Human agents are not able to read our hearts, but they can observe our lives, watch our actions, scrutinize our manners, and weigh us in the scales of human judgment. “We are made a spectacle unto the world, to angels, and to men.” It may seem that we are to study our own hearts, and square our own actions by some standard of our own; but this is not the case. This would but work deform instead of reform. The work must begin in the heart and then the spirit, the words, the expression of the countenance, and the actions of the life, will make manifest that a change has taken place. In knowing Christ through the grace that he has shed forth abundantly, we become changed, and the character is sanctified through belief of the truth. The inward life grows strong, and the entire conduct will be in conformity to the will of God. Humility will be cultivated, because we shall feel our nothingness, and realize our dependence upon God. We shall remember that we have been bought with the price of the blood of the Son of God, and that every faculty of our being must be brought into captivity to Christ, that we may glorify him. In humility we shall correct every fault and defect of character; because Christ is abiding in the heart, we shall be fitted up for the heavenly family above. (James 1:23-27; 3:17, 18 quoted)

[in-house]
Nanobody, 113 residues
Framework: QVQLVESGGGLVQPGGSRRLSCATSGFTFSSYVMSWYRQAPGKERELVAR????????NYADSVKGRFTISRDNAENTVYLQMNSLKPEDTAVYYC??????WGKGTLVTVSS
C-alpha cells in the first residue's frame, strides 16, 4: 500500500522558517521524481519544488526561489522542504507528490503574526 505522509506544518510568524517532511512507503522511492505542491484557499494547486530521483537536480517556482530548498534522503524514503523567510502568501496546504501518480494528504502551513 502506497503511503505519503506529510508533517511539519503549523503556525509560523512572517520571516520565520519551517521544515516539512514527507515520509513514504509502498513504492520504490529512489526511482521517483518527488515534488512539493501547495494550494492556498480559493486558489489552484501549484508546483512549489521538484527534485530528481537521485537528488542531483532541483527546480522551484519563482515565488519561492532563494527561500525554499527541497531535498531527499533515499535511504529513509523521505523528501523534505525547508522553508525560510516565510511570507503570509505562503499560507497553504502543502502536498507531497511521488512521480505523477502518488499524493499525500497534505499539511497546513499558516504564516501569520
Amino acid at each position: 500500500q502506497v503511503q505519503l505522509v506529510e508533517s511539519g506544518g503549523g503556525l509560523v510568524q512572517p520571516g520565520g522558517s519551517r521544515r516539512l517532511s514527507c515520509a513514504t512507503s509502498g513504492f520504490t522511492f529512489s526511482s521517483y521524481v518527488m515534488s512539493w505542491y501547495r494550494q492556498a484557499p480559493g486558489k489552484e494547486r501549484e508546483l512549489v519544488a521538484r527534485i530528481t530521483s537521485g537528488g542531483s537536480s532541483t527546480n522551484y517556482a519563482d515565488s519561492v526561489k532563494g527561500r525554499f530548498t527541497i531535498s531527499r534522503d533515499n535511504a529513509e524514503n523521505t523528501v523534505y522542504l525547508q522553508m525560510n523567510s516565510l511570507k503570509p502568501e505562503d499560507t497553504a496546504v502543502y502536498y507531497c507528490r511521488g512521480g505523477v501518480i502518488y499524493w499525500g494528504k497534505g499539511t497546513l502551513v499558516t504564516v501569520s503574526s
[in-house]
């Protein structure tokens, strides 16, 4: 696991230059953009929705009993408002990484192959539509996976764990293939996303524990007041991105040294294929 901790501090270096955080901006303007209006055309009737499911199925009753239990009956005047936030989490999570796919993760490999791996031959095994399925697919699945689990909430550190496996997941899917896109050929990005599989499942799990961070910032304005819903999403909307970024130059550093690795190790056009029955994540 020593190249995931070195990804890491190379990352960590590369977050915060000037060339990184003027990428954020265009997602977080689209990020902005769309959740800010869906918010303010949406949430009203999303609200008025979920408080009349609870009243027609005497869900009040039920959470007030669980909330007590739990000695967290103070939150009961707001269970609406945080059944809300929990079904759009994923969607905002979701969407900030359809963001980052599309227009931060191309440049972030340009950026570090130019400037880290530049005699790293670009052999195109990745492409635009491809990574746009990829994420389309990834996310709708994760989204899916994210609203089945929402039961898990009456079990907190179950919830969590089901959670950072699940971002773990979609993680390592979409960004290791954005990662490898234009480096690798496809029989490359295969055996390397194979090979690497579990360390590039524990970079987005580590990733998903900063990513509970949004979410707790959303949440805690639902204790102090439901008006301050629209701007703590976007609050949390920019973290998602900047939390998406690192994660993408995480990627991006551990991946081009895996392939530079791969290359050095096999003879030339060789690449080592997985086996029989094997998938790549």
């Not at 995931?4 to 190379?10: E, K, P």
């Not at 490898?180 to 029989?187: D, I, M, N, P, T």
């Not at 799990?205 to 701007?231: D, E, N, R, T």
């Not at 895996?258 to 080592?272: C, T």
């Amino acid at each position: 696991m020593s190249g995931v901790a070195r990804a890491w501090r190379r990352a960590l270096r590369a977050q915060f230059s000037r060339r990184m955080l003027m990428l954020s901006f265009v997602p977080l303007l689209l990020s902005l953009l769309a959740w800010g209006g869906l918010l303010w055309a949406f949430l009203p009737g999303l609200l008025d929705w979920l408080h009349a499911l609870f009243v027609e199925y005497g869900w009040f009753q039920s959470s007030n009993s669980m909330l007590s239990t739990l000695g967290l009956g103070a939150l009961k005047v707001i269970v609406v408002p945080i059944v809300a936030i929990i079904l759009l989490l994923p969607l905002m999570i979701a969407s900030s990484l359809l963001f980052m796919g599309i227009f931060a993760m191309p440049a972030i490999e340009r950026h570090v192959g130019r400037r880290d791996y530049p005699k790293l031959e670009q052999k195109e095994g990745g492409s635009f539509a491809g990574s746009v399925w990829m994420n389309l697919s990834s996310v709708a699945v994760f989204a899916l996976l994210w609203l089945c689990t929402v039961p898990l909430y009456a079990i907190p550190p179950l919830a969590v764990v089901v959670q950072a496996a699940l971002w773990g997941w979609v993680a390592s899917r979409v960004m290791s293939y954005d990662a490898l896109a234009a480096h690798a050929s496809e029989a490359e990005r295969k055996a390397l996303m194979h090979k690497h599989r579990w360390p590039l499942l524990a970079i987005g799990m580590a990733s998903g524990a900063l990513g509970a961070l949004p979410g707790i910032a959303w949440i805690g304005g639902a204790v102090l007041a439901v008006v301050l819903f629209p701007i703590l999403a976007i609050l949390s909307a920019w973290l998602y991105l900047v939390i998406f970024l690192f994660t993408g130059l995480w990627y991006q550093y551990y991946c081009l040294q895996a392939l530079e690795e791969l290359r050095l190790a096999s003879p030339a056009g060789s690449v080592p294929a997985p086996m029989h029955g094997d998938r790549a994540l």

E. G. White, The Youth’s Instructor, August 31, 1893
All true obedience comes from the heart. It was heart-work with Christ. And if we consent, he will so identify himself with our thoughts and aims, so blend our hearts and minds into conformity to his will, that when obeying him we shall be but carrying out our own impulses. The will, refined and sanctified, will find its highest delight in doing his service. When we know God as it is our privilege to know him, our life will be a life of continual obedience. Through an appreciation of the character of Christ, through communion with God, sin will become hateful to us.
E. G. White, Review and Herald, July 14, 1910
The man who attempts to keep the commandments of God from a sense of obligation merely–because he is required to do so–will never enter into the joy of obedience. He does not obey. When the requirements of God are accounted a burden because they cut across human inclination, we may know that the life is not a Christian life. True obedience is the outworking of a principle within. It springs from the love of righteousness, the love of the law of God. The essence of all righteousness is loyalty to our Redeemer. This will lead us to do right because it is right–because right doing is pleasing to God.
E. G. White, Christ’s Object Lessons. pp. 97, 98